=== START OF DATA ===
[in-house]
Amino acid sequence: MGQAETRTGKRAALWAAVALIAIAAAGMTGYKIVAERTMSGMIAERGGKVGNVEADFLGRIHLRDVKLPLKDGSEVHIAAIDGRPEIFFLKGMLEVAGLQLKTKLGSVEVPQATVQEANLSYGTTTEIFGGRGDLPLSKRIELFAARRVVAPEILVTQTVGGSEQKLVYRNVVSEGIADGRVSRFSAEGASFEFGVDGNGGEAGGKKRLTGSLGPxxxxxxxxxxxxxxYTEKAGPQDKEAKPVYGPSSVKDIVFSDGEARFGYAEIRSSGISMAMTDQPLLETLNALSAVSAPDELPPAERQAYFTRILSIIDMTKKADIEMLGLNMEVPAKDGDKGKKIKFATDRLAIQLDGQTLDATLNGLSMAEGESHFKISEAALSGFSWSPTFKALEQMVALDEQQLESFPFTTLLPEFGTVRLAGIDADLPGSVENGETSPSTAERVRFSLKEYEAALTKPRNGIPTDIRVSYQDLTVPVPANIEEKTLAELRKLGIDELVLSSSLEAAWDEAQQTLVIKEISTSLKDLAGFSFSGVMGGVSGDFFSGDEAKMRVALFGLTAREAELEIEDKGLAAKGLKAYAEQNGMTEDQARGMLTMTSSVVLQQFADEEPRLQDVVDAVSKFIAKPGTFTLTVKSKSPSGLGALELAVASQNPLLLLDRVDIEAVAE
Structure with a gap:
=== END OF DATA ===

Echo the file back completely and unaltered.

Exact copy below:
[in-house]
Amino acid sequence: MGQAETRTGKRAALWAAVALIAIAAAGMTGYKIVAERTMSGMIAERGGKVGNVEADFLGRIHLRDVKLPLKDGSEVHIAAIDGRPEIFFLKGMLEVAGLQLKTKLGSVEVPQATVQEANLSYGTTTEIFGGRGDLPLSKRIELFAARRVVAPEILVTQTVGGSEQKLVYRNVVSEGIADGRVSRFSAEGASFEFGVDGNGGEAGGKKRLTGSLGPxxxxxxxxxxxxxxYTEKAGPQDKEAKPVYGPSSVKDIVFSDGEARFGYAEIRSSGISMAMTDQPLLETLNALSAVSAPDELPPAERQAYFTRILSIIDMTKKADIEMLGLNMEVPAKDGDKGKKIKFATDRLAIQLDGQTLDATLNGLSMAEGESHFKISEAALSGFSWSPTFKALEQMVALDEQQLESFPFTTLLPEFGTVRLAGIDADLPGSVENGETSPSTAERVRFSLKEYEAALTKPRNGIPTDIRVSYQDLTVPVPANIEEKTLAELRKLGIDELVLSSSLEAAWDEAQQTLVIKEISTSLKDLAGFSFSGVMGGVSGDFFSGDEAKMRVALFGLTAREAELEIEDKGLAAKGLKAYAEQNGMTEDQARGMLTMTSSVVLQQFADEEPRLQDVVDAVSKFIAKPGTFTLTVKSKSPSGLGALELAVASQNPLLLLDRVDIEAVAE
Structure with a gap: